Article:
Scaling Horizontally, Connecting Vertically: Solving WebSockets' Scaling Challenge in Thursday Socials

Thursday, True Sparrow’s own product, is a place for remote teams to do socials. It is an audio-video-enabled space consisting of a lounge and mixers. WebSockets are essential for the successful execution of these online social events. In this blog, we will outline the scaling problem we encountered with WebSockets and present our solution.

WebSockets in Thursday

In Thursday, each user’s actions are relayed to others in real-time. For example, in the lounge, a user’s cursor movement is shared with everyone else in real-time. For this reason, we use WebSockets, a full-duplex and a low latency protocol compared to a half-duplex and half-real-time solution like long polling.

The underlying mechanism involves creating an event on the server, where all users establish WebSocket connections with that unique event ID. When a user performs an action, such as moving their cursor, the action is sent to the server, which then broadcasts it to all participants connected to that particular event ID.

Scaling Challenge

The challenge originates from the fact that WebSockets are stateful in nature and each connection belonging to a specific event must lie on a single server. If these connections are distributed over a cluster of servers, then the clients connected to different nodes won't know about each other. This is a real issue when it comes to horizontal scaling. Vertical scaling was neither a feasible solution nor viable to handle millions of concurrent connections.


We deployed RabbitMQ to solve this problem. All WebSocket servers subscribe to a RabbitMQ server. When a server receives a message to be routed to a client which is not in the local connections dictionary, it will publish a message to the RabbitMQ server, which will tell all the subscriber servers to look for this client and issue the message if it's connected to that server.

For each social, we declare exclusive queues using their event IDs as the binding key and all the servers subscribe to them. Any message pertaining to a social has the event ID as its routing key. We use the Direct Exchange so that the message directly goes to the queues whose binding key exactly matches the routing key of the message i.e. the event ID.


We divide the implementation into three modules to manage social and their respective Ws connections.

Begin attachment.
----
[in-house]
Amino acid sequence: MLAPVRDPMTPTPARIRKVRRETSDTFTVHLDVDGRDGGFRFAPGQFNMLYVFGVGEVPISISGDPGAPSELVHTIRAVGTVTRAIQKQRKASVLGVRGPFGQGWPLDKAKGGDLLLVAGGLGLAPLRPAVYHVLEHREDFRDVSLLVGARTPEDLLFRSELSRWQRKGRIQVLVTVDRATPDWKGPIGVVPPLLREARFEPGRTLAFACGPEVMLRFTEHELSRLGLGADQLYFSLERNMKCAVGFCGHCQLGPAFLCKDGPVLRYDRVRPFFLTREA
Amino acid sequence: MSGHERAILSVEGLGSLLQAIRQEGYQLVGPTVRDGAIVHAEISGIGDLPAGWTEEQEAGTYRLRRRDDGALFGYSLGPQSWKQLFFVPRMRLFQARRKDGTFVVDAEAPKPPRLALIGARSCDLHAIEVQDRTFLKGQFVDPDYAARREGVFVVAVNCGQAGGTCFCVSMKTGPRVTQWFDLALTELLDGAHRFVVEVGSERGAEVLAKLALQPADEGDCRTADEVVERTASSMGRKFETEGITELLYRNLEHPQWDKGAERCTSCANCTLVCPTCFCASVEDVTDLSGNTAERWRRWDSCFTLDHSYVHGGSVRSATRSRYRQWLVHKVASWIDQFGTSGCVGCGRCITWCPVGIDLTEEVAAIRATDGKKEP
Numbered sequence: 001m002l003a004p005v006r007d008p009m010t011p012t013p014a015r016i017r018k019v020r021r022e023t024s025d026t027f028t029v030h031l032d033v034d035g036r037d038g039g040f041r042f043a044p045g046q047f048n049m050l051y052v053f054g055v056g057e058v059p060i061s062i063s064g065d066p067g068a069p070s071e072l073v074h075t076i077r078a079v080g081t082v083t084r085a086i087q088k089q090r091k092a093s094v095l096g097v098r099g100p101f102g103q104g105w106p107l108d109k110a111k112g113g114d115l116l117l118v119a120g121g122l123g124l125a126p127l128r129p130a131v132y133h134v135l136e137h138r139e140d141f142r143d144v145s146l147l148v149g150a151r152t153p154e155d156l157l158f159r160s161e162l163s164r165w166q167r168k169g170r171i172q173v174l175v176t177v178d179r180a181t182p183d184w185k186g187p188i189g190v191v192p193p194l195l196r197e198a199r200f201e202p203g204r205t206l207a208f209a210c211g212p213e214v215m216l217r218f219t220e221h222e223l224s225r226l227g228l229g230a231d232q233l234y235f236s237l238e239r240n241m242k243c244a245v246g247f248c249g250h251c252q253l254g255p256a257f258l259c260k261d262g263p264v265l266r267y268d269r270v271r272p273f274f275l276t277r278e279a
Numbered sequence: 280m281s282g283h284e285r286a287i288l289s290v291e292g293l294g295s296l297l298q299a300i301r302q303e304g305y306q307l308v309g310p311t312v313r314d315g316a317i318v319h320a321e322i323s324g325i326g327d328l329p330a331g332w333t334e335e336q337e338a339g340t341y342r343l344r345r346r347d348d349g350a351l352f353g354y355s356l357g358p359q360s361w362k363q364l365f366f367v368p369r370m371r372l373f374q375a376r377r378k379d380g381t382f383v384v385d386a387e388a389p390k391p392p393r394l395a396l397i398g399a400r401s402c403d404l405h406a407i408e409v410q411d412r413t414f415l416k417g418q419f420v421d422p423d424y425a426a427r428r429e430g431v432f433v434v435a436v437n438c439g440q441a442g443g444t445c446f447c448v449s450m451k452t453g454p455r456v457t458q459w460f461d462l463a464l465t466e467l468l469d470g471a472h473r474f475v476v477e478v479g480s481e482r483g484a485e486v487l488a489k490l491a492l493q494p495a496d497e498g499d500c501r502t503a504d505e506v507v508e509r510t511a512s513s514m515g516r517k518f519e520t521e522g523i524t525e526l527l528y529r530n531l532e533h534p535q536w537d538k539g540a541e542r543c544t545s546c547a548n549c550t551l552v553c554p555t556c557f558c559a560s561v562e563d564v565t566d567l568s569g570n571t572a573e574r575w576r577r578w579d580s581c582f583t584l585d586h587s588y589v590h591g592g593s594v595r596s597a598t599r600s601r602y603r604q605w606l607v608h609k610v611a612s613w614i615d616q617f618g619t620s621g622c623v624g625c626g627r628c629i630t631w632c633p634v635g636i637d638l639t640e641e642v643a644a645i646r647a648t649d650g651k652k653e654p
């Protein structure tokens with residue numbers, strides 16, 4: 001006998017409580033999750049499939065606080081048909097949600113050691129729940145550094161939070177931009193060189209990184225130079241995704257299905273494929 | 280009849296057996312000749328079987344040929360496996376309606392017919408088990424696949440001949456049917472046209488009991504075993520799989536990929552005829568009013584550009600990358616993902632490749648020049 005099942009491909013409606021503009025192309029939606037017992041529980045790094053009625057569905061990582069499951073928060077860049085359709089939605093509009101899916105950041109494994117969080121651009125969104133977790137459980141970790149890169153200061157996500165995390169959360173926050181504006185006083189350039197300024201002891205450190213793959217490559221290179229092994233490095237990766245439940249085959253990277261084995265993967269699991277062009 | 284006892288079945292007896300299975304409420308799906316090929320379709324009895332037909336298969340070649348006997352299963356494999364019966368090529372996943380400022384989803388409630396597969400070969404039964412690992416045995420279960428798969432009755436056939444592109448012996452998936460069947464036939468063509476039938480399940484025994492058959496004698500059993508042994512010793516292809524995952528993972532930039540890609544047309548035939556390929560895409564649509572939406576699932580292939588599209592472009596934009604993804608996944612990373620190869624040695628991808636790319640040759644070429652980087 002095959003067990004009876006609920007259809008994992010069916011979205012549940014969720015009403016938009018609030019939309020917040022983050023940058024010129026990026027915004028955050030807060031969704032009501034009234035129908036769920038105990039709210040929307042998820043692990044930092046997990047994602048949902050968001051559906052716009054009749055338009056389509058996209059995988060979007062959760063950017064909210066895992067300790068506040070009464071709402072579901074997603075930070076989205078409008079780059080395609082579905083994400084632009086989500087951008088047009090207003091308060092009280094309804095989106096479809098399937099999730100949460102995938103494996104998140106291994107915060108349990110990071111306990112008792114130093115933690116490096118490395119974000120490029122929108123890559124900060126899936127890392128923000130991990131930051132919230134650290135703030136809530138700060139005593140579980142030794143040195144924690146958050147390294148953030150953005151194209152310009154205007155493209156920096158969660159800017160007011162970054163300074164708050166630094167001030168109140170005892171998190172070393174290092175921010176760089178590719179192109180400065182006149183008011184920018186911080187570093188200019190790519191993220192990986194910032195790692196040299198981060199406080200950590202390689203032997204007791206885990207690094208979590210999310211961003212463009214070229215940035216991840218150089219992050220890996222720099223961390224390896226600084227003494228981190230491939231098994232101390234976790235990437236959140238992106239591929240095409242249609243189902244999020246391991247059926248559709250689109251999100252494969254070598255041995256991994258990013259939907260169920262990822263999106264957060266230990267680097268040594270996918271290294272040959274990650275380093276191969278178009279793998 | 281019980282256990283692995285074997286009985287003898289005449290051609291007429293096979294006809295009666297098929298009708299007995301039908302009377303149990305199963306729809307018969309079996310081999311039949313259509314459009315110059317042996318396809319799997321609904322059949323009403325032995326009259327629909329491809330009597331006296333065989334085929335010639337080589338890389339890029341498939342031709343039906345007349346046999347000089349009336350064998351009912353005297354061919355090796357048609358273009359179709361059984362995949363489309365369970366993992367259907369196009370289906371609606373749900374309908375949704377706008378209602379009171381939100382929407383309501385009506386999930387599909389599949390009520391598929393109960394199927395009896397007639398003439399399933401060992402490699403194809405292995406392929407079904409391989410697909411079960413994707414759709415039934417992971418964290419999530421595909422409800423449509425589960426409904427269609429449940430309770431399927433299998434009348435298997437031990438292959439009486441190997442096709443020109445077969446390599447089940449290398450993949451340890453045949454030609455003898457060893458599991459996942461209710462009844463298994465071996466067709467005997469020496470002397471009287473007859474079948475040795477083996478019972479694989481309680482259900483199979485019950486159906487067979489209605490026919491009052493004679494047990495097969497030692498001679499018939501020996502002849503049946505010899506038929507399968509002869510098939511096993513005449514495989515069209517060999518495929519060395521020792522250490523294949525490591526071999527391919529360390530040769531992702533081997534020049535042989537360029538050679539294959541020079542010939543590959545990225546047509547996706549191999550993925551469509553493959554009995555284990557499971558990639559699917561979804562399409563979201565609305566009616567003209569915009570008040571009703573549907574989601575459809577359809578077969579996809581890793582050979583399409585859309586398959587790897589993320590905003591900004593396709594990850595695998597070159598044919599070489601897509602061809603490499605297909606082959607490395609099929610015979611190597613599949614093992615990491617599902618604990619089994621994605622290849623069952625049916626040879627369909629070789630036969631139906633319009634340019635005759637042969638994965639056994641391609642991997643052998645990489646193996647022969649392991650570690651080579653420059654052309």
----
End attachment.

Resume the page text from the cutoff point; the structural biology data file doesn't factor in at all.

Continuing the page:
The Social struct represents a social instance. When it is initialized, it creates a queue and associates it with a Direct Exchange using the event ID as the key. Additionally, it starts a publisher that listens for any social-related messages on the PublishChan Go channel and publish them to RabbitMQ with the event ID as the key. It also starts a consumer that consumes the messages and writes them to all WebSocket connections within the social.


The Master struct represents a server master that maintains a list of all the running socials on that server and manages the connection to the RabbitMQ server. When initialized, it declares a Direct Exchange on the RabbitMQ server and starts listening to the deleteChan Go channel for any social that has ended and needs to be removed from the list.

WS Handler

When the social starts, each client makes a WebSocket connection with the servers. This connection gets registered under the social  using its RegisterUnregisterChan Go channel.


WebSockets play a crucial role in enabling real-time communication and interactions in Thursday socials. However, scaling WebSockets can pose challenges due to their stateful nature, which restricts connections to a specific server. We solved this problem by leveraging RabbitMQ, a message broker, that facilitates communication among WebSocket servers. This combination of WebSockets and RabbitMQ provides a robust foundation for horizontal scaling and efficient handling of millions of concurrent connections.

Sarthak M Das

Sarthak M Das